Three out of four Ohio businesses are now started using Ohio Business Central
COLUMBUS– Ohio Secretary of State Jon Husted today announced 9,569 new entities filed to do business in Ohio during April 2017, an increase of 263 when compared to the same month in 2016.
So far, 42,633 new entities have filed to do business in Ohio in 2017. Due to the use of Ohio Business Central, the online business filing site founded by Secretary Husted in 2013, this number continues to climb. Already in 2017, three out of every four entities founded were started online. From the time Ohio Business Central was launched until the end of April 2017, the Secretary of State’s Office has processed over 240,000 online filings.
April 2017 marked 18 months since Secretary Husted reduced the cost of starting and maintaining a business in the Buckeye State by 21 percent. This change has saved Ohio businesses over $3.8 million to date.
Secretary Husted’s efforts to cut costs don’t stop there. In fact, he has requested a 100 percent cut in the amount of tax dollars needed to run his office for the next two years, saving taxpayers nearly $5 million. Secretary Husted can do this because during his first term he reduced spending by $14.5 million, a 16 percent reduction when compared to the previous administration. He is also operating his office with nearly 32 percent fewer staff. With only 130 employees, down from 190 when Secretary Husted took office, payroll costs at the Secretary of State’s Office is now at its lowest level in nine years.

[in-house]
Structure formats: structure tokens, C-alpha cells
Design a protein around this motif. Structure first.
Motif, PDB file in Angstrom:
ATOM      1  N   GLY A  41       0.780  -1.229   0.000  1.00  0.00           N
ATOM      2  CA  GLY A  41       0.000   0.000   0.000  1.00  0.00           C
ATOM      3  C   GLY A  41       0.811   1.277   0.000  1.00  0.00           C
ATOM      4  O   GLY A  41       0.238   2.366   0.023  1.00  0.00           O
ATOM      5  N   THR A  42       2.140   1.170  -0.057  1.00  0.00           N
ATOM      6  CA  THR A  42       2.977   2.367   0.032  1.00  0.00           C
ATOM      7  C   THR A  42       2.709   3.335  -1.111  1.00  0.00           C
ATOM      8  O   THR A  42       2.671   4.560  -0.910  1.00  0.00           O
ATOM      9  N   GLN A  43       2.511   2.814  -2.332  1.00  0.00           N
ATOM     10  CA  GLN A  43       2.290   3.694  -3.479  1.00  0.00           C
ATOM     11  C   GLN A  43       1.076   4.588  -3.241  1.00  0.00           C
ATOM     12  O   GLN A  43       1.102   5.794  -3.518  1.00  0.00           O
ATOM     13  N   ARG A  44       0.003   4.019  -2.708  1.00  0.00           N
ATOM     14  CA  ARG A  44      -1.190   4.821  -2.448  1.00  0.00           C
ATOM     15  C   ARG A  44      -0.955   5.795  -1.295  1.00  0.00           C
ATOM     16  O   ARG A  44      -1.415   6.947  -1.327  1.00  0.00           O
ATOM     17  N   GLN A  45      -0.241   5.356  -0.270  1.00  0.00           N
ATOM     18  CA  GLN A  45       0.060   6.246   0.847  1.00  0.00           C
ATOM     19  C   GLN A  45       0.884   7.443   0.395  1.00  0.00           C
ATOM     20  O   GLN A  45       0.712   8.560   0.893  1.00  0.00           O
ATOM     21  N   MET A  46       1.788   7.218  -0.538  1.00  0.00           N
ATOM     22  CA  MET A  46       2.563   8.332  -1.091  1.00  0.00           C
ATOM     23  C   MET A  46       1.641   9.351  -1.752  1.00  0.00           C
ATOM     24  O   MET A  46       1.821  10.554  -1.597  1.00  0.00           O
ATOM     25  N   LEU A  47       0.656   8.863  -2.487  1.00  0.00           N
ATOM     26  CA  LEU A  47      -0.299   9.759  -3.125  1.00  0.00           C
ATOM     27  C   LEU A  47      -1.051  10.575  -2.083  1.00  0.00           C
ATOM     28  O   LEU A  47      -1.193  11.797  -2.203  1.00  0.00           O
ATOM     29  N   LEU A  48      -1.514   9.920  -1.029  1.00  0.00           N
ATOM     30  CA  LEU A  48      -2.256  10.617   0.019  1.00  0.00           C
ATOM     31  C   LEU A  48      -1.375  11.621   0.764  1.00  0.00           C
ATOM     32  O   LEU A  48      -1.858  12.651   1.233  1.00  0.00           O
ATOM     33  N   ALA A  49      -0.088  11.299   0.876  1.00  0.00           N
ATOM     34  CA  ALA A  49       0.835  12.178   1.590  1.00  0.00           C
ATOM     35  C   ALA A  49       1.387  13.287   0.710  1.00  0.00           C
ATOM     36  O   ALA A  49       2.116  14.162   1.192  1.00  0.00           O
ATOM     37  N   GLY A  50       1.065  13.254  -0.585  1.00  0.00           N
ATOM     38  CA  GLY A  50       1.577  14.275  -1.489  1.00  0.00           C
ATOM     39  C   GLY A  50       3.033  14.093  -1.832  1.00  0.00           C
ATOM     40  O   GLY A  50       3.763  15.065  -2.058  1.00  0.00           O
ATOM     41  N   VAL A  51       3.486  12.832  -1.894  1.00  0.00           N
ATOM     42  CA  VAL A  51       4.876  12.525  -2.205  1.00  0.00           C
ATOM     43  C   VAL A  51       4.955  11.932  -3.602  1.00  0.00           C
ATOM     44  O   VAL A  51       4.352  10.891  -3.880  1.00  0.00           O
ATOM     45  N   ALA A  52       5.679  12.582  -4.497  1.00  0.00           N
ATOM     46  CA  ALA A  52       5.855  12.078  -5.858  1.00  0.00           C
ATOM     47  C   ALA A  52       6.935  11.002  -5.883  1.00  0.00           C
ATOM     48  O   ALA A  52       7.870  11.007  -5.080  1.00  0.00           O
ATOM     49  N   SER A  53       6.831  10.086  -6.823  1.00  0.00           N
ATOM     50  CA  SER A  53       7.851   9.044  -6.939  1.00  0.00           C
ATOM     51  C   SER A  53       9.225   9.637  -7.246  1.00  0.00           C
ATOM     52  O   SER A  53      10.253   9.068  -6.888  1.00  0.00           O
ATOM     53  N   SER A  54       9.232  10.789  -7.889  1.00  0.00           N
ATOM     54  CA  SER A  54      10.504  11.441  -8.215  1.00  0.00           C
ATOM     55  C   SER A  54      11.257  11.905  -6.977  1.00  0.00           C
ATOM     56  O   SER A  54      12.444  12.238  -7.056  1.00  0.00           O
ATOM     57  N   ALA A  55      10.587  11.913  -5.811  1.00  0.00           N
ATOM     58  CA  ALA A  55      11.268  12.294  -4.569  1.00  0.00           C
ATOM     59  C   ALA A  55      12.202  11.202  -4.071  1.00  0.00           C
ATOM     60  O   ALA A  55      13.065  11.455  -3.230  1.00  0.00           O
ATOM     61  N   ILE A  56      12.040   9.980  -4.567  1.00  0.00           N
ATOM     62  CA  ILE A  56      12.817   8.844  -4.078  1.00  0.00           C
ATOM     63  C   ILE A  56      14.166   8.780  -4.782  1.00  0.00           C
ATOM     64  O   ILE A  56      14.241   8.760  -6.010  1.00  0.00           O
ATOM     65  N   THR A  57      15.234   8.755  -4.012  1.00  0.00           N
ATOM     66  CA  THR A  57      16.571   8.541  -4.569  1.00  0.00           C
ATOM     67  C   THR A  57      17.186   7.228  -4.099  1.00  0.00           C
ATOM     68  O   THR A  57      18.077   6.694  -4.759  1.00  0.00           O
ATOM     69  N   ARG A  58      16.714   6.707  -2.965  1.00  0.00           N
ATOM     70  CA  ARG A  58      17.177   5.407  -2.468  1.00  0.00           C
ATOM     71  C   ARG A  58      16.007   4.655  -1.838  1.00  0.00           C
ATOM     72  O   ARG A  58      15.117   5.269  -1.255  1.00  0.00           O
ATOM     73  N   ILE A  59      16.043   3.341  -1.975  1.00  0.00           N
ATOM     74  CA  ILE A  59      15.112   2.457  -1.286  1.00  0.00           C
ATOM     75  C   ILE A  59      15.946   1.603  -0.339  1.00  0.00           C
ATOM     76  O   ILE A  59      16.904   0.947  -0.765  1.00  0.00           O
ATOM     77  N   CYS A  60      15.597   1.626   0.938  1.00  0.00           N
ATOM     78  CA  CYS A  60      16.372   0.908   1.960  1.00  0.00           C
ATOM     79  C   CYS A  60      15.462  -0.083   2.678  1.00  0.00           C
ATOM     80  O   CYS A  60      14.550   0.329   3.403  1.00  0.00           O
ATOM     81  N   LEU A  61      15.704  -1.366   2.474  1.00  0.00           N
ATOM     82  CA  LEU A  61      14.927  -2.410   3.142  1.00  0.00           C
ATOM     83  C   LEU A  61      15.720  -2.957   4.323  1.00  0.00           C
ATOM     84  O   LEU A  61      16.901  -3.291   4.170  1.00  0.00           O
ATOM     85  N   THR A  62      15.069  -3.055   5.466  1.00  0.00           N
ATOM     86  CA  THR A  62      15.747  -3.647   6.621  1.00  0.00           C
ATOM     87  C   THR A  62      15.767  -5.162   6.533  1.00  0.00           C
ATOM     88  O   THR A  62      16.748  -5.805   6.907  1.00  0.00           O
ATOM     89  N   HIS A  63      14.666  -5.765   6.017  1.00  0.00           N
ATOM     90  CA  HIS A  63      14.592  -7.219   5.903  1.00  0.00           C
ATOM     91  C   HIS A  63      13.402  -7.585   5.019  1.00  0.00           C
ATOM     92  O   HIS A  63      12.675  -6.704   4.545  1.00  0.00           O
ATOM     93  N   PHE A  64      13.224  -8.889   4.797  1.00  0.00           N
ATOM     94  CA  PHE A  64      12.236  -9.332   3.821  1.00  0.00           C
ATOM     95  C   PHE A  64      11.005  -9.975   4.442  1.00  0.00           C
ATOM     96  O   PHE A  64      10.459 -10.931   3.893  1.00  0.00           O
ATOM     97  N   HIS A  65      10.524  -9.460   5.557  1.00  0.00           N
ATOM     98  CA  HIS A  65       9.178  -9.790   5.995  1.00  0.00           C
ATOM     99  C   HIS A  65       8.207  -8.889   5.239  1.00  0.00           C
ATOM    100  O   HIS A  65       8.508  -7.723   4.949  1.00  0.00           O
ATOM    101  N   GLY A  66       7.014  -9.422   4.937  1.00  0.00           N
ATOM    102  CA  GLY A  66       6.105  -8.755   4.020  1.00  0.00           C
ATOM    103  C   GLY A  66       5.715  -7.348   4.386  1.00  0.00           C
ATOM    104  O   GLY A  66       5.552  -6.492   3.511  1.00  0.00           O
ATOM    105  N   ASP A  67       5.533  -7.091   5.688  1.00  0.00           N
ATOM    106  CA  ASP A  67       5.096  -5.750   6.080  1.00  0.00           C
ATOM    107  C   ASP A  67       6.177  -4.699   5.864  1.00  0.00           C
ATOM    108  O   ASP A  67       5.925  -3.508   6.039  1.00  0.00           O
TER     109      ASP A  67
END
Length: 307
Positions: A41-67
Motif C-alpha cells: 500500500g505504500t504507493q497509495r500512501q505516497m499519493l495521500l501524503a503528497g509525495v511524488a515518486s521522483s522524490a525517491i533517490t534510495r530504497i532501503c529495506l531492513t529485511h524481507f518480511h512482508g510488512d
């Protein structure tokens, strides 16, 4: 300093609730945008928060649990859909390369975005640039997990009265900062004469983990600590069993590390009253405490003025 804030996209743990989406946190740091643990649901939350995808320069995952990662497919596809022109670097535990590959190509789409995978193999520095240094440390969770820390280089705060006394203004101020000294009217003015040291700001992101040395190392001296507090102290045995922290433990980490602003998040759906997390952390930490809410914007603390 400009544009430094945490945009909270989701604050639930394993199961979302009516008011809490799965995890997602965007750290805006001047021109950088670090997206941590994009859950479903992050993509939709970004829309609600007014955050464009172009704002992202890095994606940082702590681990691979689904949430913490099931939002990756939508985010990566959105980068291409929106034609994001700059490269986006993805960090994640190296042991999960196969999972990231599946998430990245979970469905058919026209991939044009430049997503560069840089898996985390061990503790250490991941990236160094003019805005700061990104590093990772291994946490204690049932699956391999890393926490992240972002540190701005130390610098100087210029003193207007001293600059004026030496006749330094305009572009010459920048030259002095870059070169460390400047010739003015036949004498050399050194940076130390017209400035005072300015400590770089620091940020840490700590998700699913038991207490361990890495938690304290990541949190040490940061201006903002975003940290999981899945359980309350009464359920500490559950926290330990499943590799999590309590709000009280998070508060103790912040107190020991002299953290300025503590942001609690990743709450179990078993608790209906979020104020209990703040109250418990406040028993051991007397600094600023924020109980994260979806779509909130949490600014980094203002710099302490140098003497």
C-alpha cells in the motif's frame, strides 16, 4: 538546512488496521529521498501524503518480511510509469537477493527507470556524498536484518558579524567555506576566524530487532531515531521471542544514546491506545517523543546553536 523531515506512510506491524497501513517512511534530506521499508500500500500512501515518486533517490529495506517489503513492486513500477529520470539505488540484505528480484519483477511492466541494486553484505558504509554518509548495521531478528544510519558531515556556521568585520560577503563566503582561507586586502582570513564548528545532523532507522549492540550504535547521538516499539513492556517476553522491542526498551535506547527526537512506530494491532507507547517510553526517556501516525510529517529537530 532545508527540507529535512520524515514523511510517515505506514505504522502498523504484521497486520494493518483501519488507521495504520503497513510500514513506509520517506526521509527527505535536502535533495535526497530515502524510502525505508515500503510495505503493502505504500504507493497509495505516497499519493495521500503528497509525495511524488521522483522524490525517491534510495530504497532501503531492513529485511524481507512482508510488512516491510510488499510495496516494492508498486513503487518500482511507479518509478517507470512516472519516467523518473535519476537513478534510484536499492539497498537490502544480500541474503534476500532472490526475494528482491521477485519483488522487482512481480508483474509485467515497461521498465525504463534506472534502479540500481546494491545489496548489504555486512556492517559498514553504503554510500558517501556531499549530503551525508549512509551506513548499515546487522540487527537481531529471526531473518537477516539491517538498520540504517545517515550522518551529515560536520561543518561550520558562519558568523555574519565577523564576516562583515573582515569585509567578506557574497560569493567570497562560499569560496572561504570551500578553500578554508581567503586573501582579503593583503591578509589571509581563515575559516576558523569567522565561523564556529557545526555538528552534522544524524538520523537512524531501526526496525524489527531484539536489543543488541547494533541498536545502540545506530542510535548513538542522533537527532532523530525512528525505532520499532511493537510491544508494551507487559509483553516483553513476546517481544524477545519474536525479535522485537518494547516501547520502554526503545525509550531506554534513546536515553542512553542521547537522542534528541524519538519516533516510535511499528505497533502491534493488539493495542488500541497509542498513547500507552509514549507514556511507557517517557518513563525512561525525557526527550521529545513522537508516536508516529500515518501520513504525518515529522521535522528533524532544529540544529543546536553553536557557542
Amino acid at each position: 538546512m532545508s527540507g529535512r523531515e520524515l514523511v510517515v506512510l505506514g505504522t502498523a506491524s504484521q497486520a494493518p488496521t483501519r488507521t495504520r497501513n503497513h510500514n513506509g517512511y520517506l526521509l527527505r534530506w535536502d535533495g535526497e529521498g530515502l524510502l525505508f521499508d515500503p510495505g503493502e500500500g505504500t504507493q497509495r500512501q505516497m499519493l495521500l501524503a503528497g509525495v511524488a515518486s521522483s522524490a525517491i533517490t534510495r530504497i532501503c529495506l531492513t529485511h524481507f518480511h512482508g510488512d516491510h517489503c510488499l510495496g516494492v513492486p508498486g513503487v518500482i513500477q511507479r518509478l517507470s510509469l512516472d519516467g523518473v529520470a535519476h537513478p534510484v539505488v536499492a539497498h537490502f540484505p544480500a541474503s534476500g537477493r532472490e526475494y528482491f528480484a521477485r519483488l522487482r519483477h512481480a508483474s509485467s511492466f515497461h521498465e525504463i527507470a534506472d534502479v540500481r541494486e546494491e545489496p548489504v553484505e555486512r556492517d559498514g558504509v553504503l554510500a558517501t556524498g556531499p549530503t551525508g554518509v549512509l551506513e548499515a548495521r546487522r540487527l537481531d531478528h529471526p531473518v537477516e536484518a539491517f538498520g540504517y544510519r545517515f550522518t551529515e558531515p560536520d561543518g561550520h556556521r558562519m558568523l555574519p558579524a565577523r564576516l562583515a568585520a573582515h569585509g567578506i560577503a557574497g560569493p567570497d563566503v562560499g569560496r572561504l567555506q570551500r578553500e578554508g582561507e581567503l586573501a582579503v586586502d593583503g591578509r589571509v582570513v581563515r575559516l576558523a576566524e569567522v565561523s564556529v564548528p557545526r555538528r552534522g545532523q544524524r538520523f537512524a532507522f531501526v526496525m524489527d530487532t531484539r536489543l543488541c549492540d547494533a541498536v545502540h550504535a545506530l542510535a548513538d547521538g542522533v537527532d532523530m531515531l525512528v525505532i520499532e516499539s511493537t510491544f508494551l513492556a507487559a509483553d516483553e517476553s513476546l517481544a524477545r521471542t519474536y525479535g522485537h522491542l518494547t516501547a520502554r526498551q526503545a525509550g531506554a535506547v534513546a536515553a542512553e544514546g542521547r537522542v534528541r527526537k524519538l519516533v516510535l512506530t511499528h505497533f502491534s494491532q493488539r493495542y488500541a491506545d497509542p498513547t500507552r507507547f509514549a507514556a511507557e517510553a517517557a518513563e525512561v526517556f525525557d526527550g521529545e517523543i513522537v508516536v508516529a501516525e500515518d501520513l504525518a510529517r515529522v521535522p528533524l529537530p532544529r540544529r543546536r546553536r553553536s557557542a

Secretary Husted’s success in improving customer service is also apparent by the fact that more people are choosing Ohio as the place to do business. Earlier this year Secretary Husted announced that 2016 was the seventh consecutive year the state has seen a record number of new entities filing to do business in Ohio (read more). With strong filing growth in the first quarter of 2017, Ohio is well on its way to another record year.
Though the most visible role of the Secretary of State is that of chief elections officer, the office is also the first stop for individuals or companies who want to file and start a business in Ohio. While recognizing these numbers can’t provide a complete picture of Ohio’s jobs climate, they are an important indicator of economic activity that Secretary Husted hopes will add to the ongoing discussion of how to improve the state’s overall climate for business.
NOTE: New business filings are classified as forms filed with the Ohio Secretary of State that declare the formation of a business entity, including for-profit, non-profit and professional corporations, limited liability companies, partnerships, limited partnerships and limited liability partnerships. Filing as a business in Ohio does not guarantee the company will begin operations, be profitable or create jobs.
Editor’s Quick Facts:
- 9,569 new entities filed to do business in Ohio during April 2017.
- 263 more entities filed in April 2017 than during the same month in 2016.
- Since Ohio Business Central was launched, over 240,000 entities have been formed online through April 2017.
- Three out of every four businesses are now started online in Ohio.
- Since Secretary Husted reduced the cost of starting and maintaining a business in Ohio businesses have saved over $3.8 million.
- Cut spending by more than $14.5 million during his first term – a 16 percent reduction compared to the previous administration.
- Reduced staff by 32 percent – from 190 in 2011 to 130 today.
- Requested a 100 percent cut in tax dollars needed to run his office for the next two years, saving taxpayers nearly $5 million.